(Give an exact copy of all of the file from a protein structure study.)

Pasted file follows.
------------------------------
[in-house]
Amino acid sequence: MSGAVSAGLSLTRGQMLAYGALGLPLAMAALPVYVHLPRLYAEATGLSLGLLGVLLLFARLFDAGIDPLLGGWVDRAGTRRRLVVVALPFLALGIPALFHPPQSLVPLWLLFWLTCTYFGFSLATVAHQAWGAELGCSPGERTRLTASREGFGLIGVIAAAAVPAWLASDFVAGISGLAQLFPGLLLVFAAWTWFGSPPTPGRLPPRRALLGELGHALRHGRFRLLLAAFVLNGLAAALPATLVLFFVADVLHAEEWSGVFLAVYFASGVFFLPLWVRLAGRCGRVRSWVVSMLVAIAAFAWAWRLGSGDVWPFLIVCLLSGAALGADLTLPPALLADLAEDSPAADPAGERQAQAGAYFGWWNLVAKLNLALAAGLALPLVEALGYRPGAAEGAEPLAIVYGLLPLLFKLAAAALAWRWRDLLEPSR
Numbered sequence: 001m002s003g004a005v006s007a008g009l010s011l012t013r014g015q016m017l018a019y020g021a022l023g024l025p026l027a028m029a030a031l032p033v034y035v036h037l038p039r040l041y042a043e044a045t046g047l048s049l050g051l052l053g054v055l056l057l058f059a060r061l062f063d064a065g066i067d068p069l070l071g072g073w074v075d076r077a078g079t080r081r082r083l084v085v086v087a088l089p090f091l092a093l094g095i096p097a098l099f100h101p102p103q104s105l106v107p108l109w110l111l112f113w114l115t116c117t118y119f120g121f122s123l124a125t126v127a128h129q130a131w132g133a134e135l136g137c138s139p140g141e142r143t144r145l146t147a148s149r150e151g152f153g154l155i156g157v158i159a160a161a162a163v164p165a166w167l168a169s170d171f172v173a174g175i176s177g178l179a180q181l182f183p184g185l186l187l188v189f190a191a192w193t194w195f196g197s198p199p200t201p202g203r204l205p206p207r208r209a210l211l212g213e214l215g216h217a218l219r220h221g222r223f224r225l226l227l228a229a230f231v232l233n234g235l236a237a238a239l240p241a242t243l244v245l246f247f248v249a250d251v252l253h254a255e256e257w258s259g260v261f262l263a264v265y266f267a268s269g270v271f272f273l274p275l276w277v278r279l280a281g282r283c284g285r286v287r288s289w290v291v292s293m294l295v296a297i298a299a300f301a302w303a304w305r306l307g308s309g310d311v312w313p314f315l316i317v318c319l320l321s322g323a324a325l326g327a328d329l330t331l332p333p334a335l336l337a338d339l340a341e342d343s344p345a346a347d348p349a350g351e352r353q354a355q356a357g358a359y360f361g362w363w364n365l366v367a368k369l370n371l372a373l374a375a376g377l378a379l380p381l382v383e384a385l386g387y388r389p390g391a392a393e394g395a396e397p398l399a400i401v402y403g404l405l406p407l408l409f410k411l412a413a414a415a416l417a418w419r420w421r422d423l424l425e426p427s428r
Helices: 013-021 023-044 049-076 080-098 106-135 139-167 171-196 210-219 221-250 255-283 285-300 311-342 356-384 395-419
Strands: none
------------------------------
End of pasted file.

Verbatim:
[in-house]
Amino acid sequence: MSGAVSAGLSLTRGQMLAYGALGLPLAMAALPVYVHLPRLYAEATGLSLGLLGVLLLFARLFDAGIDPLLGGWVDRAGTRRRLVVVALPFLALGIPALFHPPQSLVPLWLLFWLTCTYFGFSLATVAHQAWGAELGCSPGERTRLTASREGFGLIGVIAAAAVPAWLASDFVAGISGLAQLFPGLLLVFAAWTWFGSPPTPGRLPPRRALLGELGHALRHGRFRLLLAAFVLNGLAAALPATLVLFFVADVLHAEEWSGVFLAVYFASGVFFLPLWVRLAGRCGRVRSWVVSMLVAIAAFAWAWRLGSGDVWPFLIVCLLSGAALGADLTLPPALLADLAEDSPAADPAGERQAQAGAYFGWWNLVAKLNLALAAGLALPLVEALGYRPGAAEGAEPLAIVYGLLPLLFKLAAAALAWRWRDLLEPSR
Numbered sequence: 001m002s003g004a005v006s007a008g009l010s011l012t013r014g015q016m017l018a019y020g021a022l023g024l025p026l027a028m029a030a031l032p033v034y035v036h037l038p039r040l041y042a043e044a045t046g047l048s049l050g051l052l053g054v055l056l057l058f059a060r061l062f063d064a065g066i067d068p069l070l071g072g073w074v075d076r077a078g079t080r081r082r083l084v085v086v087a088l089p090f091l092a093l094g095i096p097a098l099f100h101p102p103q104s105l106v107p108l109w110l111l112f113w114l115t116c117t118y119f120g121f122s123l124a125t126v127a128h129q130a131w132g133a134e135l136g137c138s139p140g141e142r143t144r145l146t147a148s149r150e151g152f153g154l155i156g157v158i159a160a161a162a163v164p165a166w167l168a169s170d171f172v173a174g175i176s177g178l179a180q181l182f183p184g185l186l187l188v189f190a191a192w193t194w195f196g197s198p199p200t201p202g203r204l205p206p207r208r209a210l211l212g213e214l215g216h217a218l219r220h221g222r223f224r225l226l227l228a229a230f231v232l233n234g235l236a237a238a239l240p241a242t243l244v245l246f247f248v249a250d251v252l253h254a255e256e257w258s259g260v261f262l263a264v265y266f267a268s269g270v271f272f273l274p275l276w277v278r279l280a281g282r283c284g285r286v287r288s289w290v291v292s293m294l295v296a297i298a299a300f301a302w303a304w305r306l307g308s309g310d311v312w313p314f315l316i317v318c319l320l321s322g323a324a325l326g327a328d329l330t331l332p333p334a335l336l337a338d339l340a341e342d343s344p345a346a347d348p349a350g351e352r353q354a355q356a357g358a359y360f361g362w363w364n365l366v367a368k369l370n371l372a373l374a375a376g377l378a379l380p381l382v383e384a385l386g387y388r389p390g391a392a393e394g395a396e397p398l399a400i401v402y403g404l405l406p407l408l409f410k411l412a413a414a415a416l417a418w419r420w421r422d423l424l425e426p427s428r
Helices: 013-021 023-044 049-076 080-098 106-135 139-167 171-196 210-219 221-250 255-283 285-300 311-342 356-384 395-419
Strands: none